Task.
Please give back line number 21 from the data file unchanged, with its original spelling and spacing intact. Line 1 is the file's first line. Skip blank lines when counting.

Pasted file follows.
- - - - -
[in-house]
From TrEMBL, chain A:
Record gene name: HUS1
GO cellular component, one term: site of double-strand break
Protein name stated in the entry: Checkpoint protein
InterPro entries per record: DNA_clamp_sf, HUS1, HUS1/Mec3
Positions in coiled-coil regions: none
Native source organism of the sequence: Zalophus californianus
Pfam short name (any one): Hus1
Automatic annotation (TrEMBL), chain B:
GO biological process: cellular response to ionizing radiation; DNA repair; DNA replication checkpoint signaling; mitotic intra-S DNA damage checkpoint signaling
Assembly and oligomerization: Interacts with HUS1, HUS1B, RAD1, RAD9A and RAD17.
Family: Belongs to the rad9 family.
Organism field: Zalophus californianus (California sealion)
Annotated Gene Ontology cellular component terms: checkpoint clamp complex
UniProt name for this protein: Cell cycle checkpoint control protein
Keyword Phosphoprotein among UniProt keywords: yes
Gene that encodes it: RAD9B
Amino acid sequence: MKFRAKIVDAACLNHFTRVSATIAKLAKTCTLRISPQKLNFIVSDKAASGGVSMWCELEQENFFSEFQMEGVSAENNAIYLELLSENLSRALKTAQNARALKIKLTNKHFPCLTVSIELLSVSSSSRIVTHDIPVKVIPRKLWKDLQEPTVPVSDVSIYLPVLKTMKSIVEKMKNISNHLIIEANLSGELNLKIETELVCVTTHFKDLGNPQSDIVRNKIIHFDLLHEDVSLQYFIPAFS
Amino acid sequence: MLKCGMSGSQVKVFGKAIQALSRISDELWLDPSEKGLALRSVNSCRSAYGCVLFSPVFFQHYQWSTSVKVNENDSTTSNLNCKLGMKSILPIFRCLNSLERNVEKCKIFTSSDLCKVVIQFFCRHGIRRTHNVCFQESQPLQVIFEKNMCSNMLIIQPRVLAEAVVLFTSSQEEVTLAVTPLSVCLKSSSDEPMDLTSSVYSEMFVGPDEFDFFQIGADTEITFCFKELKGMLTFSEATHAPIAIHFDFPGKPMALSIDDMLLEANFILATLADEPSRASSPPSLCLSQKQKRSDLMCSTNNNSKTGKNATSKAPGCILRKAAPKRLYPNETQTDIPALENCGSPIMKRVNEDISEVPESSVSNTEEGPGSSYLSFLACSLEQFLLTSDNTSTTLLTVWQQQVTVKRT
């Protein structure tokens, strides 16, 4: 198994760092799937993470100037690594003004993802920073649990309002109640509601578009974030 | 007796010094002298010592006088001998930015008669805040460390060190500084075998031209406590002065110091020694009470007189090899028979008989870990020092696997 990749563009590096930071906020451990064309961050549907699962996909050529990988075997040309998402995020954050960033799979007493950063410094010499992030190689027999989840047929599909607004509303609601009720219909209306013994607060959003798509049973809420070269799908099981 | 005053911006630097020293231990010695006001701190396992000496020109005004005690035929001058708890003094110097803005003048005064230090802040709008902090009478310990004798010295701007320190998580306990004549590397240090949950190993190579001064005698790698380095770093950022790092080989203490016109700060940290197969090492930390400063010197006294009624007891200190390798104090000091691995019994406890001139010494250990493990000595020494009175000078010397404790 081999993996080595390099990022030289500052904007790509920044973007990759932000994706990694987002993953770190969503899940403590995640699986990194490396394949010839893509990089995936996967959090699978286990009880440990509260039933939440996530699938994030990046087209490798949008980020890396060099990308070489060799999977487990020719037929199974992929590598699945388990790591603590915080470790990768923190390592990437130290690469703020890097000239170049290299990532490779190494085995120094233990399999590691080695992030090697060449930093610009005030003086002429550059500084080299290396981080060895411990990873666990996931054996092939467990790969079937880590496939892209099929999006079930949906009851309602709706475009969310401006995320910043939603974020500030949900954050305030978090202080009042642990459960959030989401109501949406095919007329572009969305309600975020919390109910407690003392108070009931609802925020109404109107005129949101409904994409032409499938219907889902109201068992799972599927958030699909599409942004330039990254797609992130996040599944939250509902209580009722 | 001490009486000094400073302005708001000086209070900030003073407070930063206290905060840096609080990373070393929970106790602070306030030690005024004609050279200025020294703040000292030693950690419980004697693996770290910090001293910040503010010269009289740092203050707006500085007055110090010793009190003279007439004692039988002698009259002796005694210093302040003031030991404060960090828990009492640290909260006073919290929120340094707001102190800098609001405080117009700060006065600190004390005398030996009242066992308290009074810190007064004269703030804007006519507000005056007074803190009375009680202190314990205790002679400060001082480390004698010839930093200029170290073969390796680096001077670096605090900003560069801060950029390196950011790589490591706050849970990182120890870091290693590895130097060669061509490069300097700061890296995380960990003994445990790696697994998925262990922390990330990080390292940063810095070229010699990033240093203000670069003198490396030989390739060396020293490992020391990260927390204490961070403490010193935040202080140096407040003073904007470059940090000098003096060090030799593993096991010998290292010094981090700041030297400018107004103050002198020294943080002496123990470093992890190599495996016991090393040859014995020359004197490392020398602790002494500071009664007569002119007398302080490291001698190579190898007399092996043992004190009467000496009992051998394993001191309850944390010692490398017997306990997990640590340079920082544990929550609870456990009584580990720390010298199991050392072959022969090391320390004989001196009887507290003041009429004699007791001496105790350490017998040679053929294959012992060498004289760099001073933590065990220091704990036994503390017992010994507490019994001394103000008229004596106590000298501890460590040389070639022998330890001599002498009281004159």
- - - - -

């Protein structure tokens, strides 16, 4: 198994760092799937993470100037690594003004993802920073649990309002109640509601578009974030 | 007796010094002298010592006088001998930015008669805040460390060190500084075998031209406590002065110091020694009470007189090899028979008989870990020092696997 990749563009590096930071906020451990064309961050549907699962996909050529990988075997040309998402995020954050960033799979007493950063410094010499992030190689027999989840047929599909607004509303609601009720219909209306013994607060959003798509049973809420070269799908099981 | 005053911006630097020293231990010695006001701190396992000496020109005004005690035929001058708890003094110097803005003048005064230090802040709008902090009478310990004798010295701007320190998580306990004549590397240090949950190993190579001064005698790698380095770093950022790092080989203490016109700060940290197969090492930390400063010197006294009624007891200190390798104090000091691995019994406890001139010494250990493990000595020494009175000078010397404790 081999993996080595390099990022030289500052904007790509920044973007990759932000994706990694987002993953770190969503899940403590995640699986990194490396394949010839893509990089995936996967959090699978286990009880440990509260039933939440996530699938994030990046087209490798949008980020890396060099990308070489060799999977487990020719037929199974992929590598699945388990790591603590915080470790990768923190390592990437130290690469703020890097000239170049290299990532490779190494085995120094233990399999590691080695992030090697060449930093610009005030003086002429550059500084080299290396981080060895411990990873666990996931054996092939467990790969079937880590496939892209099929999006079930949906009851309602709706475009969310401006995320910043939603974020500030949900954050305030978090202080009042642990459960959030989401109501949406095919007329572009969305309600975020919390109910407690003392108070009931609802925020109404109107005129949101409904994409032409499938219907889902109201068992799972599927958030699909599409942004330039990254797609992130996040599944939250509902209580009722 | 001490009486000094400073302005708001000086209070900030003073407070930063206290905060840096609080990373070393929970106790602070306030030690005024004609050279200025020294703040000292030693950690419980004697693996770290910090001293910040503010010269009289740092203050707006500085007055110090010793009190003279007439004692039988002698009259002796005694210093302040003031030991404060960090828990009492640290909260006073919290929120340094707001102190800098609001405080117009700060006065600190004390005398030996009242066992308290009074810190007064004269703030804007006519507000005056007074803190009375009680202190314990205790002679400060001082480390004698010839930093200029170290073969390796680096001077670096605090900003560069801060950029390196950011790589490591706050849970990182120890870091290693590895130097060669061509490069300097700061890296995380960990003994445990790696697994998925262990922390990330990080390292940063810095070229010699990033240093203000670069003198490396030989390739060396020293490992020391990260927390204490961070403490010193935040202080140096407040003073904007470059940090000098003096060090030799593993096991010998290292010094981090700041030297400018107004103050002198020294943080002496123990470093992890190599495996016991090393040859014995020359004197490392020398602790002494500071009664007569002119007398302080490291001698190579190898007399092996043992004190009467000496009992051998394993001191309850944390010692490398017997306990997990640590340079920082544990929550609870456990009584580990720390010298199991050392072959022969090391320390004989001196009887507290003041009429004699007791001496105790350490017998040679053929294959012992060498004289760099001073933590065990220091704990036994503390017992010994507490019994001394103000008229004596106590000298501890460590040389070639022998330890001599002498009281004159």